This dog had brought her family so much joy. There was one last thing she wanted to do for him.
Posted in , Apr 23, 2021
Charlie wasn’t my dog. I was just his caretaker by default. He belonged to my husband, Brandon. Really, his heart belonged to Brandon’s first wife, Sherise, who had died in a car accident. Still, when I realized our time with Charlie was coming to an end, it hit me hard.
At nearly 15, Charlie was old for a beagle. He had been declining for months, the cancer spreading inside him. There was no ignoring his hacking cough and the way he dragged himself across the floor. Watching him night after night, unable to ease his torment, I couldn’t help but think about all that he’d given Brandon and me. As well as the debt I owed to a woman I would never know.
I’d met Brandon online a dozen years earlier. He was a widower and had a freezer stocked with Hot Pockets.
Still, I was drawn to him. He dropped movie-worthy lines at just the right moment, charmed me with thoughtful gifts and knew how to make me belly laugh.
The first time Brandon invited me to his house, two-year-old Charlie rushed to the front door to greet me. Then he whipped around the living room like something out of a Tom and Jerry cartoon.
“He seems to like you,” Brandon said.
Just my luck, I thought. I wasn’t a dog person. I didn’t like the shedding. The barking. The licking.
Brandon had given the beagle to Sherise on her thirty-third birthday, before they were married. Charlie and Sherise had bonded deeply, but eight months later, she was gone. “Charlie camped out at the front door for three weeks, waiting for her to come home,” Brandon said.
He told me Charlie had carried him through the darkest time of his life. He and Sherise had just bought a house, a house they’d planned to fill with children, when she died. Brandon had drowned his sorrows in beer for the better part of a year, and Charlie had been right there, grieving with him.
I met them two years after Sherise’s death. Brandon and I fell for each other and eventually married. Every morning after Brandon left for work, Charlie cried, worried that, like Sherise, Brandon would never return. I didn’t blame him. But I also couldn’t stand the whining, so I made an effort to spend time with him. Slowly we warmed up to each other. I took him for runs and cuddled with him.
Brandon and I had three sons. Charlie always wanted to be part of the action, lapping up spilled milk, traversing rooms littered with Legos and plopping on top of board games in midplay. If the kids’ antics took a toll on him, he didn’t show it, even as he developed cancer at 10, lost his left hind leg at 12 and had surgery for a bleeding growth at 14.
This dog I’d never wanted…he’d taught me so much about perseverance, acceptance and love. He’d captured my heart. Charlie had become a dear friend. He was my dog, even though it didn’t start off that way. Despite all of that, I knew that part of him still belonged to Sherise.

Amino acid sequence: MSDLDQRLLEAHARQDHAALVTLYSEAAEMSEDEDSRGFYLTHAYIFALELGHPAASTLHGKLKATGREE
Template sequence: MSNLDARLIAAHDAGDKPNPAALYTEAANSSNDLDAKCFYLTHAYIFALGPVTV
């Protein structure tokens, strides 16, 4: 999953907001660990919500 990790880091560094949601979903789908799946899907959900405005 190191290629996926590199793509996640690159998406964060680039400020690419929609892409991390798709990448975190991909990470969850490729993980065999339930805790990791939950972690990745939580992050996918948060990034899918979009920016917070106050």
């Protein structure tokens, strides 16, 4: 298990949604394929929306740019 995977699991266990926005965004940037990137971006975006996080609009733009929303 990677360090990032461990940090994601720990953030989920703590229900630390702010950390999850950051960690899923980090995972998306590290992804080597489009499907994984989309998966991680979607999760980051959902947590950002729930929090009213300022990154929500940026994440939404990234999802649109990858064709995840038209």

Charlie couldn’t communicate his last wishes, but as he neared the end, it became clear to me what we needed to do.
One night, after settling into bed, I turned to Brandon. “We have to give Charlie back to her.”
“What?” he said, confused.
“We should scatter some of his ashes at Sherise’s grave,” I said.
Brandon nodded, smiling softly.
I looked into options and decided to hire a mobile veterinarian who would come to our house, deliver an injection and help Charlie make his journey to the big dog park in the sky. The crematory would split his ashes for us. Half would stay in an urn on our dresser; the other half would be laid to rest with Sherise. We talked to the boys, and they agreed with the plan.
Two weeks later, almost 14 years to the day of Sherise’s funeral, I packed lunch, Brandon put Charlie’s ashes in our van’s cupholder and we set out to reunite our dog with his first love.
We stopped for flowers. Roses for Sherise; sunflowers for Charlie. The boys brought drawings with them. Our six-year-old, Jack, drew Charlie next to a rainbow bridge with the word giddyap. Eight-year-old Max’s piece showcased an angel welcoming Charlie to heaven. Brian, his twin, drew Charlie as an angel beside an old-style telephone. The caption read: “This is what you can use to call us.”
I laid out a blanket next to Sherise’s plot, and we ate our peanut butter and jelly sandwiches while sharing memories of Charlie. The time Brandon replanted all of the flower beds and Charlie sunned himself on top of the freshly turned soil, smashing the pansies. The time he couldn’t find his way out from under the duvet cover. And the time he tried swimming but sank like a stone.
Then Brandon pulled out the bag of Charlie’s ashes. I suggested we sprinkle them beneath the vase on Sherise’s headstone, closest to her. Brandon removed the vase and each of us took a turn scattering the ashes into the earth.
The boys arranged their drawings by her headstone. Brandon stood back, his eyes teary.
“If someone had told me 15 years ago that I would get married, my wife would die six months later and I would visit her grave with my second wife and our three sons to scatter her beagle’s ashes, I never would have believed it,” he said.
We stood back from the grave, our boys sitting beside the headstone, and Brandon put his arm around me. In his inimitable way, Charlie had been a gift to Sherise. Then Brandon. Then me. And our boys. Here we all were, connected by the true gift—our dog’s boundless love.
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